Intel Community Warns Of ‘Emboldening Impact’ Of Jan. 6 On Domestic Terrorists

WASHINGTON D.C., USA - JANUARY 6: Supporters of US President Donald Trump protest inside the US Capitol on January 6, 2021, in Washington, DC. - Demonstrators breeched security and entered the Capitol as Congress debated the 2020 presidential election Electoral Vote Certification. (Photo by Brent Stirton/Getty Images)
WASHINGTON, DC - JANUARY 6: Supporters of US President Donald Trump protest inside the US Capitol on January 6, 2021, in Washington, DC. - Demonstrators breeched security and entered the Capitol as Congress debated t... WASHINGTON, DC - JANUARY 6: Supporters of US President Donald Trump protest inside the US Capitol on January 6, 2021, in Washington, DC. - Demonstrators breeched security and entered the Capitol as Congress debated the 2020 presidential election Electoral Vote Certification. (Photo by Brent Stirton/Getty Images) MORE LESS
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March 17, 2021 3:54 p.m.

The Jan. 6 assault on the U.S. Capitol and the lies about election fraud that preceeded it may embolden and “spur” violent extremists to launch attacks in 2021, the intelligence community said in a report released on Wednesday.

The declassified summary of the report, compiled by the Director of National Intelligence, Department of Homeland Security, and Department of Justice, confirms what many already suspected to be the case: that domestic extremists motivated by racism or the myth that election fraud was rampant in 2020 are continuing to plot potentially lethal attacks.

The document, titled Domestic Violent Extremism Poses Heightened Threat in 2021, provides a summary of intelligence around extremist violence in the U.S. It’s a review of the threat posed by violent members of the far-right ordered by the Biden administration after taking office in January.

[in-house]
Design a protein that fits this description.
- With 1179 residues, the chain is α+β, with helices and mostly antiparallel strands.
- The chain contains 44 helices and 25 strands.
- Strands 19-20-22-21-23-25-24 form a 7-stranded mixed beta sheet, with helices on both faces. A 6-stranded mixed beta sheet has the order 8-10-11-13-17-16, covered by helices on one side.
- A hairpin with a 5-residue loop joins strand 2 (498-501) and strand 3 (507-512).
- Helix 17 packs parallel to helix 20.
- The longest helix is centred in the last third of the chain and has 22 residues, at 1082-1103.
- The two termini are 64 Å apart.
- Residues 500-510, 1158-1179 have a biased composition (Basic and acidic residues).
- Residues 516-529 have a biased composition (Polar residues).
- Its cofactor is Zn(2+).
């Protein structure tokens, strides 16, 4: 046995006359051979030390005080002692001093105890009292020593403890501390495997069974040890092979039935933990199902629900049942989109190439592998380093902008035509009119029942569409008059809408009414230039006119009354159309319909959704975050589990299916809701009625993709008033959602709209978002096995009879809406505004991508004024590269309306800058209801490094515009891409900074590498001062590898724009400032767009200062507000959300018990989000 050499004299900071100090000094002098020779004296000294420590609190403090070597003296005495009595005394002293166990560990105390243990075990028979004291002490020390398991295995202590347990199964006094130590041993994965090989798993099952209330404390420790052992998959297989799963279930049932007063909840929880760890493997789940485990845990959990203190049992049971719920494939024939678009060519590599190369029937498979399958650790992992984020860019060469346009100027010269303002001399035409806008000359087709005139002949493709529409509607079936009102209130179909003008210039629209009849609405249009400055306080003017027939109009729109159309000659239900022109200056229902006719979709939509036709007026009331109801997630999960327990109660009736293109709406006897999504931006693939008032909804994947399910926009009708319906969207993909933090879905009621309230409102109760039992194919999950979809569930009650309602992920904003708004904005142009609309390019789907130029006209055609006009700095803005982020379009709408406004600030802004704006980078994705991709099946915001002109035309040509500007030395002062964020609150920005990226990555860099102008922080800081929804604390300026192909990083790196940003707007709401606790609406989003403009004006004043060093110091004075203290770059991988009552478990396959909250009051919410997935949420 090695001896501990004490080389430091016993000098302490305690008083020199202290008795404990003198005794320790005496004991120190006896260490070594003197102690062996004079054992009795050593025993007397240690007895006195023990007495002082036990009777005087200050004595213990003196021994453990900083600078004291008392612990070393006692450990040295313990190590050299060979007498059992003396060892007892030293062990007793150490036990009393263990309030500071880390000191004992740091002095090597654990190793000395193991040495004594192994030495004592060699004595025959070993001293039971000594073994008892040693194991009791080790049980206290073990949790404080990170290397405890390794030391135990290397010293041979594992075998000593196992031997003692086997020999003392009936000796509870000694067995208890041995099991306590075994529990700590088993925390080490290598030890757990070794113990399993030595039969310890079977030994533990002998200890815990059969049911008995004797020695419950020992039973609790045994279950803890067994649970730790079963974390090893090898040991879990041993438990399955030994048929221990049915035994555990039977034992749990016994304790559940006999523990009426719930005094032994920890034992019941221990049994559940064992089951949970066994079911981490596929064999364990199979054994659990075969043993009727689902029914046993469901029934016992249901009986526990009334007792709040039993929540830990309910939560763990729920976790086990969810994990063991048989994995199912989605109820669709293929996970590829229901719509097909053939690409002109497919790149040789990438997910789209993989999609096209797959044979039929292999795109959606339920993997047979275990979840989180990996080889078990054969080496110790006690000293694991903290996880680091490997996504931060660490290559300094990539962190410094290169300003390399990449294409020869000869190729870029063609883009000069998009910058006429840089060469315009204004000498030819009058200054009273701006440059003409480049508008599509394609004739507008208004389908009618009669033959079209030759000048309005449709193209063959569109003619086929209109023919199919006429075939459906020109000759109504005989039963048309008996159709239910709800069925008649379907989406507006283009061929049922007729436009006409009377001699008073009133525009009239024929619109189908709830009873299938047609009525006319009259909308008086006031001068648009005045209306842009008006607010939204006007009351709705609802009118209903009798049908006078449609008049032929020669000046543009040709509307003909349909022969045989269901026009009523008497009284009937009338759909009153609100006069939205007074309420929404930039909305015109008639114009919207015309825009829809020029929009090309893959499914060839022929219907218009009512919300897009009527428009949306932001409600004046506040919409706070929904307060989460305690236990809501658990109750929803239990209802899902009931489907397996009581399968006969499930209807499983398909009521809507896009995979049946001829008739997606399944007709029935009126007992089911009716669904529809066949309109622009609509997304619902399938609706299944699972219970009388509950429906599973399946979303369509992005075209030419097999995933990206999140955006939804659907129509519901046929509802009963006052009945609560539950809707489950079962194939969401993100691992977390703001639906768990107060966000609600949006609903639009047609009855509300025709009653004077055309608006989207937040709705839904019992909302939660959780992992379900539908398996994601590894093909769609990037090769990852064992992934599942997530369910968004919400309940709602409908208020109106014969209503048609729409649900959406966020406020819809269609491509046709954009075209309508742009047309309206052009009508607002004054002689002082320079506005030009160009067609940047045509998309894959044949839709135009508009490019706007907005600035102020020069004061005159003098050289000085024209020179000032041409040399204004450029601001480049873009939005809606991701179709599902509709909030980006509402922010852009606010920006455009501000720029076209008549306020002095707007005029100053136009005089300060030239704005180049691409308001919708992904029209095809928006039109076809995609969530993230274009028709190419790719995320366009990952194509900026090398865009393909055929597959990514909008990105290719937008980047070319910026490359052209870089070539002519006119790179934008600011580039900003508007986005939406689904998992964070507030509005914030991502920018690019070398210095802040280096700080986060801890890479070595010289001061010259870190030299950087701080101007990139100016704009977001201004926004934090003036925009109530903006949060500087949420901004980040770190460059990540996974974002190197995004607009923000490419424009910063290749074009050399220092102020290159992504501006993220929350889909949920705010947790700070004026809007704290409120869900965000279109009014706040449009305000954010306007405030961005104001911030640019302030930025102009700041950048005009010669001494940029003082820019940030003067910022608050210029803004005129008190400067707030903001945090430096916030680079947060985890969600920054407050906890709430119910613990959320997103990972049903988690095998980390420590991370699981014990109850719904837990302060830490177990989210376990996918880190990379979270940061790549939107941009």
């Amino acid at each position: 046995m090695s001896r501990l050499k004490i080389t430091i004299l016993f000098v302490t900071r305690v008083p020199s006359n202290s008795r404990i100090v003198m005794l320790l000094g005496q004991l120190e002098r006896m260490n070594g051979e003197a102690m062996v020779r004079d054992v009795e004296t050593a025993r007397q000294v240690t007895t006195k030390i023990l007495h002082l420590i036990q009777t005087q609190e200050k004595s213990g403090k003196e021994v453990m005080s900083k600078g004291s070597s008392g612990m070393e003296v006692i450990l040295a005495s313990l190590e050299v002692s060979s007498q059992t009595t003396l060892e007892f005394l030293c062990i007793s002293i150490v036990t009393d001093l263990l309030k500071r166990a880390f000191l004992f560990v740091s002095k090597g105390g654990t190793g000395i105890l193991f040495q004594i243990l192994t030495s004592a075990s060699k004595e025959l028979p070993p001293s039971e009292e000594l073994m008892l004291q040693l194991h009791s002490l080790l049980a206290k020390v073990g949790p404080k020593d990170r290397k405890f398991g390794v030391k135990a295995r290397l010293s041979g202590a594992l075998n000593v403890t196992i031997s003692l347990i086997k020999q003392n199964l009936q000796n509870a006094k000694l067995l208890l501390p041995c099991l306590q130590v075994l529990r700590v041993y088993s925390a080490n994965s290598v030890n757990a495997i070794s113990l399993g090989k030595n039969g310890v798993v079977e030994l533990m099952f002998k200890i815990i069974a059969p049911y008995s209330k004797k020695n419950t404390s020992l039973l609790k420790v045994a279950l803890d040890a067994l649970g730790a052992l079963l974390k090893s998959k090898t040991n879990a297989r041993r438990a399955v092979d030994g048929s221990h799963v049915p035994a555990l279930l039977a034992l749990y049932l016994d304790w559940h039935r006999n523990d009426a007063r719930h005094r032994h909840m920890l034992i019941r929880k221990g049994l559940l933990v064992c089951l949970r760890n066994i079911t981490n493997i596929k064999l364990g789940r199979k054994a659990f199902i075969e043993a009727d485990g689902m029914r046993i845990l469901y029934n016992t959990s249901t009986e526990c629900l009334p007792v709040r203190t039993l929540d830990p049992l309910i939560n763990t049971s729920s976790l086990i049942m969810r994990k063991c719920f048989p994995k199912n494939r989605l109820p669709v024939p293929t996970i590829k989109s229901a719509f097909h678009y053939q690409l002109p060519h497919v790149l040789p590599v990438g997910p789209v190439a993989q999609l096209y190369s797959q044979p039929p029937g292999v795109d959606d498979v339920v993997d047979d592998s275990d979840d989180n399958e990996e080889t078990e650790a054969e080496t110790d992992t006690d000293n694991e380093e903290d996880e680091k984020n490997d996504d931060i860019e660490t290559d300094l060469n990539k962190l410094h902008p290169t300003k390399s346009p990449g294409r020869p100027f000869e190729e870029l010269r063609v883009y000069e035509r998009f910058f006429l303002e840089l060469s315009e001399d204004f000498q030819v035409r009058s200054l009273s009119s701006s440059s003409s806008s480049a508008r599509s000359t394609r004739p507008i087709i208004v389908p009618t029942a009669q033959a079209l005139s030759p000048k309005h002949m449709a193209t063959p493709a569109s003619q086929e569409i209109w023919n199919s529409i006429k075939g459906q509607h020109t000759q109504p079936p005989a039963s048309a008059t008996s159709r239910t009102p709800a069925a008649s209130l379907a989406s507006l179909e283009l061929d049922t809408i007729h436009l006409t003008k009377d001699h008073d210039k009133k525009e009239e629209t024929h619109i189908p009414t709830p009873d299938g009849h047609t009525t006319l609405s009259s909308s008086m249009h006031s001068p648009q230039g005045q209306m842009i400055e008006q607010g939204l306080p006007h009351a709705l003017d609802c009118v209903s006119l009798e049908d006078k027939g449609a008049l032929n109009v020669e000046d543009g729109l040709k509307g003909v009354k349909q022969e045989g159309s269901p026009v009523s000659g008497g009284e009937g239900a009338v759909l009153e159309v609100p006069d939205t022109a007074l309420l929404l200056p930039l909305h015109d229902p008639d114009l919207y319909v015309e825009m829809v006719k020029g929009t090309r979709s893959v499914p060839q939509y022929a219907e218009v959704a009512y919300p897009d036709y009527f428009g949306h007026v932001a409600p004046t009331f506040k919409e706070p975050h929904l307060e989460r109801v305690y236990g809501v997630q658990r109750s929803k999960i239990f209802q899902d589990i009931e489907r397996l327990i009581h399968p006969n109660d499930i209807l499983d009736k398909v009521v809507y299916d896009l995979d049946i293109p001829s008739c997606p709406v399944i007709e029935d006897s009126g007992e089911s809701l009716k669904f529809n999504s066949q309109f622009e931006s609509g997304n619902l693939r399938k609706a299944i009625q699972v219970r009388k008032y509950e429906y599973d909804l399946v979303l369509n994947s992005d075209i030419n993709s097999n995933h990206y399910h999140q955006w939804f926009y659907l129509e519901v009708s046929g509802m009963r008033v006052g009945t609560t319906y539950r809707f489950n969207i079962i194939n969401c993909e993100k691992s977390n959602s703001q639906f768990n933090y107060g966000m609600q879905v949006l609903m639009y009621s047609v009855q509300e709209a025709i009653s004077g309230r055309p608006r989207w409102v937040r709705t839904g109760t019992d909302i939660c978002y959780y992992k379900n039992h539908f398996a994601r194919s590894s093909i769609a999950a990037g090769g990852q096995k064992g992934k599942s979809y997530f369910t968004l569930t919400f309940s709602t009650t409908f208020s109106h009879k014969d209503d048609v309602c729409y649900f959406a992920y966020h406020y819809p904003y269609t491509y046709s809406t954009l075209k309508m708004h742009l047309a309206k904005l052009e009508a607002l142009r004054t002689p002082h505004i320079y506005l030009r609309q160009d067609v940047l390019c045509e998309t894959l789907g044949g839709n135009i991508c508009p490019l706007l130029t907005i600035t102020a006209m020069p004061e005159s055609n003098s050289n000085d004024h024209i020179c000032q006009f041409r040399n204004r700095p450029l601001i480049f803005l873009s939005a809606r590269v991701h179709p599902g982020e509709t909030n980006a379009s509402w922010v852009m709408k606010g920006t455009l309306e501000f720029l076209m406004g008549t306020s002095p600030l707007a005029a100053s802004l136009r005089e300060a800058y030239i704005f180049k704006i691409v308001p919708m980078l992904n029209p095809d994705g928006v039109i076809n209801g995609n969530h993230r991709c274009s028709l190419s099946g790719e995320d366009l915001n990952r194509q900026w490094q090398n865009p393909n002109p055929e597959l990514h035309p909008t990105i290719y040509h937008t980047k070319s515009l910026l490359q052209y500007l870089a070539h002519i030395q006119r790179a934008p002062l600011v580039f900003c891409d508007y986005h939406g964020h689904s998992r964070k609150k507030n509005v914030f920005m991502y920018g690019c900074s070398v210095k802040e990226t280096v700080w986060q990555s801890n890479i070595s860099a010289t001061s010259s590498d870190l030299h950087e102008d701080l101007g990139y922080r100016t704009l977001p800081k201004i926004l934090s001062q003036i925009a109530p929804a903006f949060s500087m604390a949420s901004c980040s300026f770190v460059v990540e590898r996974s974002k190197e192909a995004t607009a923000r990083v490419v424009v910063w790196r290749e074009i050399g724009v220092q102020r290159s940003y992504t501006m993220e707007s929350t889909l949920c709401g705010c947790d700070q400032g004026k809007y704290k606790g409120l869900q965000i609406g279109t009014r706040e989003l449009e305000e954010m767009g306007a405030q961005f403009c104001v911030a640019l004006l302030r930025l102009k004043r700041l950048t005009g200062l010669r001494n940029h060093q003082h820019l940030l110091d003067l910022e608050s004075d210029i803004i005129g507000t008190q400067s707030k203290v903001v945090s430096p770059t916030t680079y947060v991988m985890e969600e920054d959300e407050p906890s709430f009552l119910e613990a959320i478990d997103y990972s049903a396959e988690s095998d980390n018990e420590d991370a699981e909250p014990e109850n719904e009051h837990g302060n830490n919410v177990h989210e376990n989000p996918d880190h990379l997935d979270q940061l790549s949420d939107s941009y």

That includes those motivated by pandemic restrictions, the report says, as well as conspiracy theories.

“Newer sociopolitical developments—such as narratives of fraud in the recent general election, the emboldening impact of the violent breach of the US Capitol, conditions related to the COVID-19 pandemic, and conspiracy theories promoting violence—will almost certainly spur some DVEs to try to engage in violence this year,” the document reads.

The report echoes a statement that Homeland Security Secretary Alejandro Mayorkas made to Congress on Wednesday: that “lone wolf” far-right domestic extremists remain the greatest threat.

The document says that lone wolves “often radicalize independently by consuming violent extremist material online and mobilize without direction from a violent extremist organization, making detection and disruption difficult.”

Intelligence officials found that “lone offenders” are dangerous in part because they can “mobilize discreetly,” but also because they can gain access to firearms with relative ease and without detection.

But the most “lethal” attacks, the intel community found, are likely to be committed either by militias or extremists motivated by racism.

It’s the militia threat that is unusually elevated this year, the document reads, because of “contentious sociopolitical factors.”

While militia are likely to target the government, the report says, it’s white supremacists who prefer “mass casualty attacks against civilians.” 

The summary goes on to discuss the threat posed by white supremacists who have traveled abroad “to network with like-minded individuals,” describing those ties as “persistent and concerning.” 

Some American white supremcaists have been found to have connected with or traveled to Ukraine to meet with far-right militias in the country. Ukraine this week approved a U.S. extradition request for a former U.S. Army soldier who fought with a far-right militia in the country’s war against Russia. 

The intelligence report identified “escalating support” from abroad as a reason for the increased threat in 2021, as well as “high-profile attacks spurring follow-on attacks and innovations in targeting and attack tactics.”

Read the summary here:

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